Longtime readers will recognize Mills’ nod to Flynn’s last completed novel, The Last Man, in which Rapp travels to Jalalabad after the CIA’s head of clandestine operations in Afghanistan goes missing. While the arc, for the most part, was closed, word quickly spread that Flynn’s following book would be a direct sequel to that one. In fact, Flynn had even posted a teaser for The Survivor on his website before passing away. Following his death, Mills was hired to finish that book, and those same three pages now remain intact, serving as chapter one. (Mills, for the record, wrote the prologue and then everything from chapter two on.) 

The issue, of course, was that Mills had to find a way to revisit the threads from The Last Man and incorporate them into The Survivor, which he did flawlessly—even without the main villain, who Rapp already, uh, “dealt with.” 

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As Flynn’s fans know, Vince made a name for himself by predicting the headlines and writing timely topics into his political thrillers. This year, I asked Mills if he ever finds himself watching the news and thinking WWMRD: What would Mitch Rapp do? 

“Oh, yeah,” Mills said with a laugh, “all the time. I have a huge file that’s stuffed with newspaper articles and everything from grand ideas to, like, little stupid stuff. Sometimes, if I don’t have a clear idea of where I want to go, I’ll pull that file out and dump it all over the floor and start going through it to see if any of it fits to what’s going on today and might make an interesting book.”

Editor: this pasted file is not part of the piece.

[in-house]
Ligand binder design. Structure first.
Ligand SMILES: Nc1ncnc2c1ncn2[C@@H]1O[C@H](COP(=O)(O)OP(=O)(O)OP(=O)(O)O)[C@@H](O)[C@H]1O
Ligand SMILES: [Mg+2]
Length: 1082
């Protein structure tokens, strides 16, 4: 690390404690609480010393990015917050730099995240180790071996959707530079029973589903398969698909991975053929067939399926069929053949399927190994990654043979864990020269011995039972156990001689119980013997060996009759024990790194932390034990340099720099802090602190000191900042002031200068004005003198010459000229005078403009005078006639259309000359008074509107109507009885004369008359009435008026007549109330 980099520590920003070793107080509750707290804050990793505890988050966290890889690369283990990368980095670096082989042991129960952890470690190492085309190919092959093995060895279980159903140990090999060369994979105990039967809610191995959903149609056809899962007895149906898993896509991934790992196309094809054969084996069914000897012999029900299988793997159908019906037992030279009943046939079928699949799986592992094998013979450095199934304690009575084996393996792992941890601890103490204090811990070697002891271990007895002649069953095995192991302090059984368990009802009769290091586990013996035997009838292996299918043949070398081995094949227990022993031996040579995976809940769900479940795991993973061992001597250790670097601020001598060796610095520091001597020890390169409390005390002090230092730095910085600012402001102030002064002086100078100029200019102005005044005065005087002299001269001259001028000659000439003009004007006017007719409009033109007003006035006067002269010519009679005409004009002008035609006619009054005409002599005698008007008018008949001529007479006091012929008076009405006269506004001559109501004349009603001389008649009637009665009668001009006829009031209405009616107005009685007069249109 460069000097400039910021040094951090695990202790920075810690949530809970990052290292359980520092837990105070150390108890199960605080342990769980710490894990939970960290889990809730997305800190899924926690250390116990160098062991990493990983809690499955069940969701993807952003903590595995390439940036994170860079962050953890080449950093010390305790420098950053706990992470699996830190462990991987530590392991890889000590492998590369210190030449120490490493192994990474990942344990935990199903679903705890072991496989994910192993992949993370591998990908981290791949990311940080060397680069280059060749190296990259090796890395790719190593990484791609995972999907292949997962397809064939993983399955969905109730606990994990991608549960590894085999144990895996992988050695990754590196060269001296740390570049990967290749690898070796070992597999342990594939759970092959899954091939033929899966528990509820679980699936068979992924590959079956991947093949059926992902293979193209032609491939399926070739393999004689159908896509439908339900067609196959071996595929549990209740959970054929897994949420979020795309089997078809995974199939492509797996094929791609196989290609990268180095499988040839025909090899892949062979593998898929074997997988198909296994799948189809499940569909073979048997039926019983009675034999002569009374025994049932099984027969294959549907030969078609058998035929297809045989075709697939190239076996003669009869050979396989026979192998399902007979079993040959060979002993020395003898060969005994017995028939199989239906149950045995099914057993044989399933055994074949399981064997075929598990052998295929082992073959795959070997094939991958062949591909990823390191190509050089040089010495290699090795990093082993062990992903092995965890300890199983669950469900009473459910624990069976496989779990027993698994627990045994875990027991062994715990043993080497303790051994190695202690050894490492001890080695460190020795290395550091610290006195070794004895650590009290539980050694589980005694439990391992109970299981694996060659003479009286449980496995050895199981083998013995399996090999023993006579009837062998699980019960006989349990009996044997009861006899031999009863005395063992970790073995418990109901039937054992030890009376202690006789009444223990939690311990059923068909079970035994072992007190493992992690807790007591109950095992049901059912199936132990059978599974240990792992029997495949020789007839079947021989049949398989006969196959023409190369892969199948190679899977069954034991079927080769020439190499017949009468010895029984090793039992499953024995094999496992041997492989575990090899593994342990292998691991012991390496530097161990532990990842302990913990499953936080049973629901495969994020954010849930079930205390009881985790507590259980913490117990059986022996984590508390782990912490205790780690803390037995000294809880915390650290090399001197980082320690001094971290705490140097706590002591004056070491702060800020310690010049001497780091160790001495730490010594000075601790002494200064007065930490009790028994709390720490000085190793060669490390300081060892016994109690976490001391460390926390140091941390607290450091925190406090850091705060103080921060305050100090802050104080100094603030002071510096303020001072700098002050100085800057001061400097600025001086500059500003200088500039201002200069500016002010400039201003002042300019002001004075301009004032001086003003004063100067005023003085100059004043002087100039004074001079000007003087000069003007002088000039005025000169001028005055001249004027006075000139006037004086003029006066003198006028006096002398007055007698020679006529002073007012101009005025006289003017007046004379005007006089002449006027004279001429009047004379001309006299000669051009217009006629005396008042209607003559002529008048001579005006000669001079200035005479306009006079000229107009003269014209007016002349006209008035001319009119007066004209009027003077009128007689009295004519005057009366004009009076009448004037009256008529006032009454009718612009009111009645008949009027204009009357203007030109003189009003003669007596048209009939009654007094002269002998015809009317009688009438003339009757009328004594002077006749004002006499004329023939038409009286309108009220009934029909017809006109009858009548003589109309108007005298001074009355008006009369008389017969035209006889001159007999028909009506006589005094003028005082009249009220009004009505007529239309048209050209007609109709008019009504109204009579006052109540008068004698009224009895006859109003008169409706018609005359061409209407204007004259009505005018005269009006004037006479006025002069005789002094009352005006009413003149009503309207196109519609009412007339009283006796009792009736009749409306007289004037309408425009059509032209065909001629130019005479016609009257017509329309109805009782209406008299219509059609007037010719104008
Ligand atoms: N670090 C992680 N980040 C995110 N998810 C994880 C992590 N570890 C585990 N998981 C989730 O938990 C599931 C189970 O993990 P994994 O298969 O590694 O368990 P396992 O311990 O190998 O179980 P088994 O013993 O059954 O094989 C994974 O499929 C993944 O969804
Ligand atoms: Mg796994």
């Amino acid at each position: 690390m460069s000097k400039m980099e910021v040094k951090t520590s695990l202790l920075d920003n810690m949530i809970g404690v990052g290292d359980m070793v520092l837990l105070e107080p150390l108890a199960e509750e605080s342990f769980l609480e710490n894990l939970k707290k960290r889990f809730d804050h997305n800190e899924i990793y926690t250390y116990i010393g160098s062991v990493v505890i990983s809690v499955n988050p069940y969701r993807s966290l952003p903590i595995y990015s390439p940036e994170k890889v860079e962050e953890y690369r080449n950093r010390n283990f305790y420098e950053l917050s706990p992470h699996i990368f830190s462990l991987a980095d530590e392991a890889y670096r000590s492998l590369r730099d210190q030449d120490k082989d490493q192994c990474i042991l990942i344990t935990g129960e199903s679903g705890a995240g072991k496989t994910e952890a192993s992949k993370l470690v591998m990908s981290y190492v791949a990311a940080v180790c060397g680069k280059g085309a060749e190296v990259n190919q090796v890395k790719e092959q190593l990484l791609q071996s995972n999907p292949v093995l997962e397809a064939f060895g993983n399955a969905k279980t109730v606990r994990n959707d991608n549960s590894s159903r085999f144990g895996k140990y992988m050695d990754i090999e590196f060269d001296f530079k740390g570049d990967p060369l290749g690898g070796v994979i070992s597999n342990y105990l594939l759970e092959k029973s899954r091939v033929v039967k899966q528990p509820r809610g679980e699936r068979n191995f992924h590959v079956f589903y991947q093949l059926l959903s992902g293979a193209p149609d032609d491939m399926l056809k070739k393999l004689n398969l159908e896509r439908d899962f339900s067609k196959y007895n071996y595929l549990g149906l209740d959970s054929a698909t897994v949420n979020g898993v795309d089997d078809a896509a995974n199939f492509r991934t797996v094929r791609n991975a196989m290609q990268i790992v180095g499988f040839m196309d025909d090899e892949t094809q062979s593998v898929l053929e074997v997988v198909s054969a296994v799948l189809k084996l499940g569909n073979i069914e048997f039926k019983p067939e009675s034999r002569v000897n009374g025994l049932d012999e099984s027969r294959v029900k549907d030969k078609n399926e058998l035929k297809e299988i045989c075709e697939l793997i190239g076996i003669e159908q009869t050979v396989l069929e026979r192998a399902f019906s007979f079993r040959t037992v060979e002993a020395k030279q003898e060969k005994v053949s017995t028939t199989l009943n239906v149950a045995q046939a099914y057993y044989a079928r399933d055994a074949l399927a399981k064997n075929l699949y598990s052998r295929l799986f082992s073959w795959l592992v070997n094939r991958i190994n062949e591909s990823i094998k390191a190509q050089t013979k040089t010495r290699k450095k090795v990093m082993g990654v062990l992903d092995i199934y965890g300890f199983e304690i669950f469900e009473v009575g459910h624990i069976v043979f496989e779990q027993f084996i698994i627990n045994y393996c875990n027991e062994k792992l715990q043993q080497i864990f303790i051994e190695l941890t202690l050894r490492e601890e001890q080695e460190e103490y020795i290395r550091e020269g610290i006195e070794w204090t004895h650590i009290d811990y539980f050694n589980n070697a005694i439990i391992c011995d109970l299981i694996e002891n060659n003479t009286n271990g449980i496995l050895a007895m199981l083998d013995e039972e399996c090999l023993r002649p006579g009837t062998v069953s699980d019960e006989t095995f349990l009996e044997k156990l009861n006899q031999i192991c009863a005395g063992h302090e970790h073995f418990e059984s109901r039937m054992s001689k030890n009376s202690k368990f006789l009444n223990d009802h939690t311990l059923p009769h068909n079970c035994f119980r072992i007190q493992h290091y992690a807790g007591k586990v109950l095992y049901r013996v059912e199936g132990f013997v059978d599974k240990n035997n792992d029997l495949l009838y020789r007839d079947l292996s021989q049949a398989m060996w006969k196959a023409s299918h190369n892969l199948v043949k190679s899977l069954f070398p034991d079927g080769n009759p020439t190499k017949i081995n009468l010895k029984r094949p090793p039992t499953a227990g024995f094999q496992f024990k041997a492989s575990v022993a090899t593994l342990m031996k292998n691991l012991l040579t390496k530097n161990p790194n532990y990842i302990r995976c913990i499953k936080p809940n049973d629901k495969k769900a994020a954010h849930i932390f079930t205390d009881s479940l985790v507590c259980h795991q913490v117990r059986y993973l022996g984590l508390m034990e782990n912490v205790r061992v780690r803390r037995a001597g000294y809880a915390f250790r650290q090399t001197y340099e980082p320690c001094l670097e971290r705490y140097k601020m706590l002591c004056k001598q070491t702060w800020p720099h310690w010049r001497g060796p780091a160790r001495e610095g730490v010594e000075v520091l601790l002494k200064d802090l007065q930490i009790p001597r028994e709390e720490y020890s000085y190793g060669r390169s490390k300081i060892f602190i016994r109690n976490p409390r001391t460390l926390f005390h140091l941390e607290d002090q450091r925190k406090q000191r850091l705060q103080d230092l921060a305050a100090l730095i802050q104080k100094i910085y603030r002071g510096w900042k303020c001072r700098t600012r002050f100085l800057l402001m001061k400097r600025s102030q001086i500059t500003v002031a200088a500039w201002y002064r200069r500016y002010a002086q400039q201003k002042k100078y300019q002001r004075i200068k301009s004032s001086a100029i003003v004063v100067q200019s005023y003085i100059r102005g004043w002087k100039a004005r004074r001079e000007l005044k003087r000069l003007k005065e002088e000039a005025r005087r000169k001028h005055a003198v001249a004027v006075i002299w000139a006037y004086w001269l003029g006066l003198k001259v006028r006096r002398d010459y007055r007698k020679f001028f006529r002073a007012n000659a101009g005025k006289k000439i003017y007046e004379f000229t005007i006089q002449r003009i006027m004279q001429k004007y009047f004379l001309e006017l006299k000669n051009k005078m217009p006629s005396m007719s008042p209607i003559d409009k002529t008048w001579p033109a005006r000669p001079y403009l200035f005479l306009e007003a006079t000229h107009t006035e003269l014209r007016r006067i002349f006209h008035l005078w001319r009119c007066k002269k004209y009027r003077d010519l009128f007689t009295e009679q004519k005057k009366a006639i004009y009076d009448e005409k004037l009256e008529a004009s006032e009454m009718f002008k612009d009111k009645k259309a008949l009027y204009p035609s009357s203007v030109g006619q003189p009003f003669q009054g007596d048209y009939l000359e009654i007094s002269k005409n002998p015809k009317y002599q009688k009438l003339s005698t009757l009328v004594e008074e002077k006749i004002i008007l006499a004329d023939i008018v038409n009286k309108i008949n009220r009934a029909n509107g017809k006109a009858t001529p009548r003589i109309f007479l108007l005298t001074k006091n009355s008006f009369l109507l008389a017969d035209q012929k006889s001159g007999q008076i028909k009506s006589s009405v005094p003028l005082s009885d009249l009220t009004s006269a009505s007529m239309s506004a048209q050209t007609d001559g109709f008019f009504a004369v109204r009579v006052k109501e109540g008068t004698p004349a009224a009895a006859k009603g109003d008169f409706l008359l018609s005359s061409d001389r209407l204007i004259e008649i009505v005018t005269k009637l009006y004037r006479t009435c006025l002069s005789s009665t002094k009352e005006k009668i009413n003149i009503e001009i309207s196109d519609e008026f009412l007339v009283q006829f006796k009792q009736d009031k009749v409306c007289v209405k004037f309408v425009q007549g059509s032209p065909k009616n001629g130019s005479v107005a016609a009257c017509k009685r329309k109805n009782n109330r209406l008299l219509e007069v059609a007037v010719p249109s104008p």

As anyone who watches the news might have noticed, America has become a divided country over the last several years—a topic that comes up in Lethal Agent when Rapp’s significant other, Claudia, tries to convince him to retire his Glock and leave the world-saving to someone else. Speaking about that part of the book, I asked Mills why, in his mind, Rapp does what he does. What drives him? 

“You know,” said Mills, collecting his thoughts, “he’s a great patriot—but to me, there’s also a certain inertia to it for him. It’s what he’s always done, and it’s what he’s good at. I think it would be hard for him to give it up. I mean, with military guys, one of the hardest for them to give up is that camaraderie. So, you know, Rapp’s relationship with Coleman and his people, it’s hard to imagine him doing anything else . . . and I think it’s hard for him to imagine doing anything else.”

“In that scene,” Mills continues, “he sees that a little bit. She’s making all these really good arguments, and he’s just sort of resisting them to an extent. And, obviously, you have this political situation that is just disastrous for him, and you can see why she would be upset that he’s going to continue on. But he loves the country, he loves the American people, but I also think this is just what he does.”

The “disastrous” political situation for Rapp that Mills touched on stems from the fact that the frontrunner to replace current POTUS, Joshua Alexander, is very anti-CIA and has a serious axe to grind with both Mitch and Director Irene Kennedy. So, in the midst of the most divisive presidential election in American history, Rapp has a target on his back—and one wrong move could mean it’s game over for not only his career, but also his freedom. 

Of course, that’s all on top of a deadly biothreat that could wipe out most of the U.S. if Mitch and company can’t stop it.

Talk about raising the stakes! 

Wondering how much this series has impacted his own writing, I asked Mills how, if at all, he’s grown as a novelist since taking over Flynn’s universe. 

“Oh, a lot,” he told me. “Vince has taught me a lot about commercial fiction, and thriller fiction, and what people are passionate about. I would write my books in a little bit of a vacuum. I would get sort of really wrapped up in a certain concept, and then I’d write the best book I could about it. And while a lot of people might have liked it, I never really thought, as I was writing, is this or that going to work for fans? Especially because, in the past, I’ve written all kinds of different books about different stuff. So I’ve learned a lot about that.”